I remember the first time I spotted Caffé Sicilia and it’s not what you think.
I was flicking through a fashion editorial when I spotted the models leaning against the most beautiful black and white marbled bar, laden with fruit and rows of gold rim glasses whilst a couple of wisened chefs bustled in the background. It seemed intoxicatingly Italian with all the classic European stylings you’d expect: gold window lettering, black and white tiles, crisp white linen, marbled table tops, pressed steel ceilings, hanging lights and wooden wall paneling.
Complimentary marinated olives
Even in real life I’m entirely enamored with the fit out and as we sit down in the alfreso area and nibble on the complimentary olives, my eyes kept darting between the locals power walking past and the bakery station & bar area within.
Complimentary bread rolls + Warm 3 milks cheese: warm parcel of “3 milks” cheese dressed with truffle honey & walnuts (Normally $22)
A basket of round dinner rolls appeared, tucked snugly within the folds of a napkin; they were baked on site and surprisingly delightful, a nice change from the sourdough infatuation Sydney restaurants seem to have. The cheese parcel turned out to be one large wheel and whilst it was quite moreish, we struggled to finish.
Crudo of Tuna: yellow fin tuna dressed with lemon segments, Sicilian caper berries
& extra virgin olive oil (Normally $15)
‘Crudo’ is a simple Italian dish of raw fish, oil, salt and citrus, inspired by the fresh seafood caught from the Mediterranean.
Homemade Gnocchi Bug Meat:cooked with fresh Balmain bug meat, cherry tomato &
balanced with a hint of chilli & garlic (Normally $15)
Cathy’s entrée was light and simple so it was with great surprise when I was presented with mine. I had been looking forward to trying the new gnocchi and bug meat dish; I had envisaged it to be quite small and light so I was shocked when presented with a plated mound of red, white and green (how apt). This turned out to be my favourite dish of the night: the bite sized portions of Balmain bug and tumble of pillowy soft gnocchi stirred through with tomato and chilli was comfort on a plate and an entirely satisfying meal in itself.
Sweet & Sour Sicilian Rabbit slow cooked farmed rabbit poached with pine nuts and sultanas in a white wine & vinaigrette sauce (Normally $24)
Whilst the prospect of rabbit was intriguing I found this rustic dish to be too Wintry an affair for Summer dining.
Snapper “Acqua Pazza” with mussels, vongole & king prawns poached in a white wine, cherry tomato & parsley reduction (Normally $27)
Reverse meal size envy struck again when this time I was presented with my Snapper “Acqua Pazza”. The classic dish of fish in broth was presented on a mammoth platter with a generous wreath of shellfish surrounding the Snapper fillet.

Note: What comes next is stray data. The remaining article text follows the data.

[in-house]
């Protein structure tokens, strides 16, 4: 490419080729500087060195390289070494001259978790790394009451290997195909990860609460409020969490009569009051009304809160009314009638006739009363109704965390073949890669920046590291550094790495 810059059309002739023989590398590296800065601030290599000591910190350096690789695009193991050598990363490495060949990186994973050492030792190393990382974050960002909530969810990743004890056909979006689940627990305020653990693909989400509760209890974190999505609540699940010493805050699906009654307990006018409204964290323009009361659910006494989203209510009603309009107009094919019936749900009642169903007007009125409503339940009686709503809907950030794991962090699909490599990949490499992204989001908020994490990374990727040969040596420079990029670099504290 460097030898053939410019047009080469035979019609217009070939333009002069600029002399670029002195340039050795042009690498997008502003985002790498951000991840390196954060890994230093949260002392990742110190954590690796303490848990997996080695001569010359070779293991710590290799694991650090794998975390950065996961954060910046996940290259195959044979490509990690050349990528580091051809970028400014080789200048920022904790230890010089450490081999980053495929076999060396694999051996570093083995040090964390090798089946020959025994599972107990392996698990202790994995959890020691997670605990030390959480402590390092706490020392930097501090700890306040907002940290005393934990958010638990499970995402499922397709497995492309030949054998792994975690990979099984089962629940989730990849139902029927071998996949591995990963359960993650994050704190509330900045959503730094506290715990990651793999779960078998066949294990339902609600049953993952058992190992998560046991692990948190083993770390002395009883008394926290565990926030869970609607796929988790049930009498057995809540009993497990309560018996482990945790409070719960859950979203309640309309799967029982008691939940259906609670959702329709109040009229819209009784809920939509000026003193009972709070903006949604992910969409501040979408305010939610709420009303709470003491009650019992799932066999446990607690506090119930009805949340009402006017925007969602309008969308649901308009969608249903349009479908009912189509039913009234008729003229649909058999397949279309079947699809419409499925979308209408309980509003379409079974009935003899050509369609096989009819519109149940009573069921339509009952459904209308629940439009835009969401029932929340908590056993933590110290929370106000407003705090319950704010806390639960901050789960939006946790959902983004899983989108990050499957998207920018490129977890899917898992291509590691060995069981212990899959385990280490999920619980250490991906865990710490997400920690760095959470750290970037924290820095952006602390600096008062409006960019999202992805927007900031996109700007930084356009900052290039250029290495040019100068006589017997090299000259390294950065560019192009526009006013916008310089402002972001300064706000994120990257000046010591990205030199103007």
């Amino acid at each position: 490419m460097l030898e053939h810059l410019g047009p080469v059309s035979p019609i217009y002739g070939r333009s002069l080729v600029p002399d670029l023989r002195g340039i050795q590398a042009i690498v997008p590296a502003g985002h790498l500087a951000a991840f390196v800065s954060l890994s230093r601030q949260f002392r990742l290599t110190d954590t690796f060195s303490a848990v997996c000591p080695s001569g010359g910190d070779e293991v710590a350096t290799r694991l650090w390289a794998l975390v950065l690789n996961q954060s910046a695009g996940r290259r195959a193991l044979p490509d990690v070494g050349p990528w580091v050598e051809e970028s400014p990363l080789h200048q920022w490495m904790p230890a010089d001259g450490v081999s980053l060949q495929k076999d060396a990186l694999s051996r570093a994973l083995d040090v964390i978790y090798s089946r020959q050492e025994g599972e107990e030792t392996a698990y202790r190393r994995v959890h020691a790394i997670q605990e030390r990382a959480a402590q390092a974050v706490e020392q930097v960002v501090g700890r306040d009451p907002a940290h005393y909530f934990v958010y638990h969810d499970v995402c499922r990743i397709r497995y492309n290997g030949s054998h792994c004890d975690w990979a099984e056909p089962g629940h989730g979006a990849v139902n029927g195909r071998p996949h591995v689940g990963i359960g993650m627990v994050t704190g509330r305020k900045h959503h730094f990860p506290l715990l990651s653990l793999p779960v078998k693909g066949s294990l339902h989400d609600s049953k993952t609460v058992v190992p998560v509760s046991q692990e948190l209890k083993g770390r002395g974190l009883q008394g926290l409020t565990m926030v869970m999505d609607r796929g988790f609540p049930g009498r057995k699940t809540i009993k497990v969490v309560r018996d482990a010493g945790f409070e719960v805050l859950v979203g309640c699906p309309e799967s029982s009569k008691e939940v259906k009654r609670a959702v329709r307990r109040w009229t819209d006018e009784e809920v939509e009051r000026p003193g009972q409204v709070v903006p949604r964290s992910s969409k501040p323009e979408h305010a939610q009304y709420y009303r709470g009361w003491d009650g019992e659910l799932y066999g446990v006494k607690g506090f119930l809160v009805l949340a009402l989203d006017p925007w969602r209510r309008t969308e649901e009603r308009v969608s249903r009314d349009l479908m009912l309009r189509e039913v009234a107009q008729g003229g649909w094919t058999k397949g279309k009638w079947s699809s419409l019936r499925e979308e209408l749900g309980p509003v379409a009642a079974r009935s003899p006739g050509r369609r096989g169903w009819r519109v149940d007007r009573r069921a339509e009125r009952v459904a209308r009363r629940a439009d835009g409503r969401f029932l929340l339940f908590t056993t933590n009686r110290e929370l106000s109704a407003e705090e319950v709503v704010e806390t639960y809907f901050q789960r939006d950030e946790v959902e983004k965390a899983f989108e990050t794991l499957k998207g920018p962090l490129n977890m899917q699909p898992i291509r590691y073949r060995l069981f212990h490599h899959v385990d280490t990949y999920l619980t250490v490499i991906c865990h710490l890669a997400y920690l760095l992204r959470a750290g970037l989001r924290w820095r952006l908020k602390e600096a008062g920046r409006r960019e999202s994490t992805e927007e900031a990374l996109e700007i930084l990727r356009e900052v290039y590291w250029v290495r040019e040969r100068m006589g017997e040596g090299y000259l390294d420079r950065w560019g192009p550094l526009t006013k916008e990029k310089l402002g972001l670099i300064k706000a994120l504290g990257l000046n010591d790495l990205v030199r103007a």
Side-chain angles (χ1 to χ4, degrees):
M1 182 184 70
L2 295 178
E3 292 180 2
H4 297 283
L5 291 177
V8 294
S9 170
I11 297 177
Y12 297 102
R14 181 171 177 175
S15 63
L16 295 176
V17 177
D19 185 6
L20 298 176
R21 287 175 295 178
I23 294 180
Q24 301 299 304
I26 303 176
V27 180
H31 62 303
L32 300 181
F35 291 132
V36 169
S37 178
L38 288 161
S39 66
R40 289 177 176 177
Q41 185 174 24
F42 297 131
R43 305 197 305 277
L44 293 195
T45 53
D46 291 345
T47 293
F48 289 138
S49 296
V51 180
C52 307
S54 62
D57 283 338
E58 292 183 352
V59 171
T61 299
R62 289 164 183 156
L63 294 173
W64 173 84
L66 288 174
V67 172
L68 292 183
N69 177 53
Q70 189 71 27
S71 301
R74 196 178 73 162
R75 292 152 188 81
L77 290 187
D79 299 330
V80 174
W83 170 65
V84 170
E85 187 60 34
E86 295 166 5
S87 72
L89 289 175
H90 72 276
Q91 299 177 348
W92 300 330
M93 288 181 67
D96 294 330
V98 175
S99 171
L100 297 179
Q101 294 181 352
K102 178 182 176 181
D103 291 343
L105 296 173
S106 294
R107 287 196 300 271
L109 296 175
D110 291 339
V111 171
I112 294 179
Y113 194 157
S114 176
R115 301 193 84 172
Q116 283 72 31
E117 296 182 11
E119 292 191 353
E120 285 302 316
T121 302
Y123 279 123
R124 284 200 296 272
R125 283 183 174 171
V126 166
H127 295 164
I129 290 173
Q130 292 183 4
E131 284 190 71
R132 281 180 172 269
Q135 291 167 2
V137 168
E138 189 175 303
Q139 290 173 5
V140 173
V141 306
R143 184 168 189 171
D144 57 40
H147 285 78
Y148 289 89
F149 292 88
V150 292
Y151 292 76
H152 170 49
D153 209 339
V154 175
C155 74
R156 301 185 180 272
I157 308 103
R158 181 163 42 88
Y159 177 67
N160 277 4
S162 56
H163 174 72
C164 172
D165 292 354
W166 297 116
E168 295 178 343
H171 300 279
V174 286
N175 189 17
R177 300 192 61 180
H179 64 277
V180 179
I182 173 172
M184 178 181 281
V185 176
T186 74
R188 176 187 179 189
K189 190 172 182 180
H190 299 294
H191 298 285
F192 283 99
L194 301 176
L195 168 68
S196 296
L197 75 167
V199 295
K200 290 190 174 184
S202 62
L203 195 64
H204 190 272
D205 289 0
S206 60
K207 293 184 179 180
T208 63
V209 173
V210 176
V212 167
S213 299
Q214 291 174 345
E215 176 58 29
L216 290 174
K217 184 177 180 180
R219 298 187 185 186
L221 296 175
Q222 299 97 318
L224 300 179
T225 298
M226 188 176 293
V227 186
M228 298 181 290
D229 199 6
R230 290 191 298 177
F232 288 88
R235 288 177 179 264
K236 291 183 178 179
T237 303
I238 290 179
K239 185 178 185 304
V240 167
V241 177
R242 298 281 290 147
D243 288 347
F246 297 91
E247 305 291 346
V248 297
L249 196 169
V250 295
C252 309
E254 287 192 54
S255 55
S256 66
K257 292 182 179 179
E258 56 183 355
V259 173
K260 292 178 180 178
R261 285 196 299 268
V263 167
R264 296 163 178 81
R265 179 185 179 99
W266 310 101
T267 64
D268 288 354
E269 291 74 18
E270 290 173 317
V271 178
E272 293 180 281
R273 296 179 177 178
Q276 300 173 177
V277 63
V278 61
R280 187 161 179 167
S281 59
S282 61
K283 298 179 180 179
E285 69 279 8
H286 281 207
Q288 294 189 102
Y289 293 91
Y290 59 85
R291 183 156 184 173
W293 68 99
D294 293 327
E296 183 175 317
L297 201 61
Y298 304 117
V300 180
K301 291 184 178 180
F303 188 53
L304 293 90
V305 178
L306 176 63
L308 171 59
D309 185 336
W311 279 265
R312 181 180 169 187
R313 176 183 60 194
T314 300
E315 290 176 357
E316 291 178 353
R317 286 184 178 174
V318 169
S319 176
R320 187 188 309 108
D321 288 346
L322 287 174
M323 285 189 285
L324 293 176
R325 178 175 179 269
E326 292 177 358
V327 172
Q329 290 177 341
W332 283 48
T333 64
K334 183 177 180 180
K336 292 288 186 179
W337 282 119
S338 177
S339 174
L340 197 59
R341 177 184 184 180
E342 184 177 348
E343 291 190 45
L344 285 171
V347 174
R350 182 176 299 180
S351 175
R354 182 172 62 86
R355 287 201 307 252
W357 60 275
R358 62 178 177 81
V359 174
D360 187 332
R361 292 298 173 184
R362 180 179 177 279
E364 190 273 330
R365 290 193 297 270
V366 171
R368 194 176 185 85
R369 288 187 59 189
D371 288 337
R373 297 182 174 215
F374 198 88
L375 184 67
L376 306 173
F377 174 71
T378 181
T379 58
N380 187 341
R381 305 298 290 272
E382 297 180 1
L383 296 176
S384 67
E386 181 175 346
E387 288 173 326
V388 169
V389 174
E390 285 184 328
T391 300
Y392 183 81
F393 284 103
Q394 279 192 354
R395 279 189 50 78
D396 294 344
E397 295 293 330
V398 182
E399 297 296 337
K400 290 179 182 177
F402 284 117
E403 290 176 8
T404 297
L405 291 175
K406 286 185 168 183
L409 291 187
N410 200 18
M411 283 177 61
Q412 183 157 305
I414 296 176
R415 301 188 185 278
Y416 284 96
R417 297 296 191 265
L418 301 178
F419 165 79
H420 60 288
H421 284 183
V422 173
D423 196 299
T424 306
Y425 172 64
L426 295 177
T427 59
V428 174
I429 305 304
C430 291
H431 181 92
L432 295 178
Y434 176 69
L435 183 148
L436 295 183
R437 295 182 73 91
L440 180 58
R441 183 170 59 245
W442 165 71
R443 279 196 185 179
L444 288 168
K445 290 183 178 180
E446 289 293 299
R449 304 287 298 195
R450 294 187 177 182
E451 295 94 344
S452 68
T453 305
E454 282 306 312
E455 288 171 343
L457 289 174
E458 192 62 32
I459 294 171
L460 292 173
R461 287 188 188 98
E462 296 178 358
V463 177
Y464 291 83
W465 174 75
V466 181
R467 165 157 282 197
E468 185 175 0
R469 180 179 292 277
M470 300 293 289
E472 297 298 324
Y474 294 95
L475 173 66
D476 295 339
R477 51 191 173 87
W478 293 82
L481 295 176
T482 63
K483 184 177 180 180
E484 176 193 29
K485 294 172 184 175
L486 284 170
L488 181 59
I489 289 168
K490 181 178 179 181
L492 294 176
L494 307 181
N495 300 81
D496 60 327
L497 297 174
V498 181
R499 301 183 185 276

Curiously, the menu at Caffe Sicilia stops at second course and despite being full I was lamenting not being able to finish off our meal on a sweet note. I needn’t have worried though, as we were soon presented with two small glasses of strawberry and pistachio Sicilian granita.
Complimentary Sicilian granita + Complimentary take away pastries
The texture of these little gems were more akin to gelati which was probably tailored to suite Sydney-siders’ tastes since Sicilians – the original inventors of granita – would protest that the ice should be much coarser though no one on our table was complaining (too busy scraping the glasses clean).
I saw a few tables gifted small parcels as they left and when we received ours we tore open a corner to peek inside and find two house made pastries awaiting to be devoured the next morning.
As I surely felt my stomach starting to high-five the bottom of my lung our waiter approached once again, this time with a cannoli and a moment later returned with a cheeky smile and an additional surprise: a bottle of home-made orange limoncello.
Perhaps rather ironically I underestimated the generosity of the Sicilians and was quite surprised at how liberal the servings turned out to be. In truth I was a little saddened that all the waiters had lost their beautifully tailored white dinner jackets in favour of a more relaxed look, but luckily none had lost that cheeky Italian humour.
CafféSicilia prevails in many ways to become a little slice of the old world planted anew on Crown street. The menu features a lot of traditional dishes as well as classic Sicilian fare, although the kitchen may still be trying to find its Sydney connection. The pastry station here produces some fantastic baked treats so if you’ve ever rushed past, take a moment to sit down for an espresso and ricotta baked doughnut or do as the Sicilians do and have an almond granita to go with your morning brioche.
Food in hand dined as a guest of Caffe Sicilia.
a. 628 Crown Street Surry Hills
t. 9699 8787